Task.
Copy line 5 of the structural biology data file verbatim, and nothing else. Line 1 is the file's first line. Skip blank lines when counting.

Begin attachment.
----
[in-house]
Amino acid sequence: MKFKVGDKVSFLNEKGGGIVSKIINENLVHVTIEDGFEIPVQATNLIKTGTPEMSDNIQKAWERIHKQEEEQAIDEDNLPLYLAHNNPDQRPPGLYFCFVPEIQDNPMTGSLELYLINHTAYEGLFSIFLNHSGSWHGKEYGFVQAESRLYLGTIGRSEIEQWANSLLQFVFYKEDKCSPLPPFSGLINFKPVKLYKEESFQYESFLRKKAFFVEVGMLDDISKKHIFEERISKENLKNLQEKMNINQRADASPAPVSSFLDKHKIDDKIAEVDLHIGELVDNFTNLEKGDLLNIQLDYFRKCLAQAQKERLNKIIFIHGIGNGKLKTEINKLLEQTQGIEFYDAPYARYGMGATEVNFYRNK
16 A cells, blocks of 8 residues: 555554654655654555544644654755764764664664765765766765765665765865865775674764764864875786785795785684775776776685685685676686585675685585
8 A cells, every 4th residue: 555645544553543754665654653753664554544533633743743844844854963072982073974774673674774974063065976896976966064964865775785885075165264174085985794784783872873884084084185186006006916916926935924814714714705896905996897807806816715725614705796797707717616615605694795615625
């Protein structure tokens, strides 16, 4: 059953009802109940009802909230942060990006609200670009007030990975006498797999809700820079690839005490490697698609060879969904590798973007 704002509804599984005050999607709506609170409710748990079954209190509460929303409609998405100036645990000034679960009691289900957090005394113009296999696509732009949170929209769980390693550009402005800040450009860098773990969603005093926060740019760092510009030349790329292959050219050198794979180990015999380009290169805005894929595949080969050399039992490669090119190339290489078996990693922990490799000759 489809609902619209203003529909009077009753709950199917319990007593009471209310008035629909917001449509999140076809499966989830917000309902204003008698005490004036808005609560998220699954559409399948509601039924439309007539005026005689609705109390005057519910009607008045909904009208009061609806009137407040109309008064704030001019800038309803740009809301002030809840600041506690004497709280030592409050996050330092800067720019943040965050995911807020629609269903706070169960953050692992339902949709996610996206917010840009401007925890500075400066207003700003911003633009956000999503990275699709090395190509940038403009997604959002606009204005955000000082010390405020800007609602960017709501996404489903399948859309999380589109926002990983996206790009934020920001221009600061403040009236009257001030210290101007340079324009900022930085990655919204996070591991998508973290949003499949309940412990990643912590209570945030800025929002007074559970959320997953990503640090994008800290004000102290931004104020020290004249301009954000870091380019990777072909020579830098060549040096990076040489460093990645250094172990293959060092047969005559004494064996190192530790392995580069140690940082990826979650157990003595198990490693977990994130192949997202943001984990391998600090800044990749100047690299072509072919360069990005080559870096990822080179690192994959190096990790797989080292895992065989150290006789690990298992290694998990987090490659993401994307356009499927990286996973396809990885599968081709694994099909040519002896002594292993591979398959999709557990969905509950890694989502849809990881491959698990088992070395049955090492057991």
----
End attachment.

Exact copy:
């Protein structure tokens, strides 16, 4: 059953009802109940009802909230942060990006609200670009007030990975006498797999809700820079690839005490490697698609060879969904590798973007 704002509804599984005050999607709506609170409710748990079954209190509460929303409609998405100036645990000034679960009691289900957090005394113009296999696509732009949170929209769980390693550009402005800040450009860098773990969603005093926060740019760092510009030349790329292959050219050198794979180990015999380009290169805005894929595949080969050399039992490669090119190339290489078996990693922990490799000759 489809609902619209203003529909009077009753709950199917319990007593009471209310008035629909917001449509999140076809499966989830917000309902204003008698005490004036808005609560998220699954559409399948509601039924439309007539005026005689609705109390005057519910009607008045909904009208009061609806009137407040109309008064704030001019800038309803740009809301002030809840600041506690004497709280030592409050996050330092800067720019943040965050995911807020629609269903706070169960953050692992339902949709996610996206917010840009401007925890500075400066207003700003911003633009956000999503990275699709090395190509940038403009997604959002606009204005955000000082010390405020800007609602960017709501996404489903399948859309999380589109926002990983996206790009934020920001221009600061403040009236009257001030210290101007340079324009900022930085990655919204996070591991998508973290949003499949309940412990990643912590209570945030800025929002007074559970959320997953990503640090994008800290004000102290931004104020020290004249301009954000870091380019990777072909020579830098060549040096990076040489460093990645250094172990293959060092047969005559004494064996190192530790392995580069140690940082990826979650157990003595198990490693977990994130192949997202943001984990391998600090800044990749100047690299072509072919360069990005080559870096990822080179690192994959190096990790797989080292895992065989150290006789690990298992290694998990987090490659993401994307356009499927990286996973396809990885599968081709694994099909040519002896002594292993591979398959999709557990969905509950890694989502849809990881491959698990088992070395049955090492057991």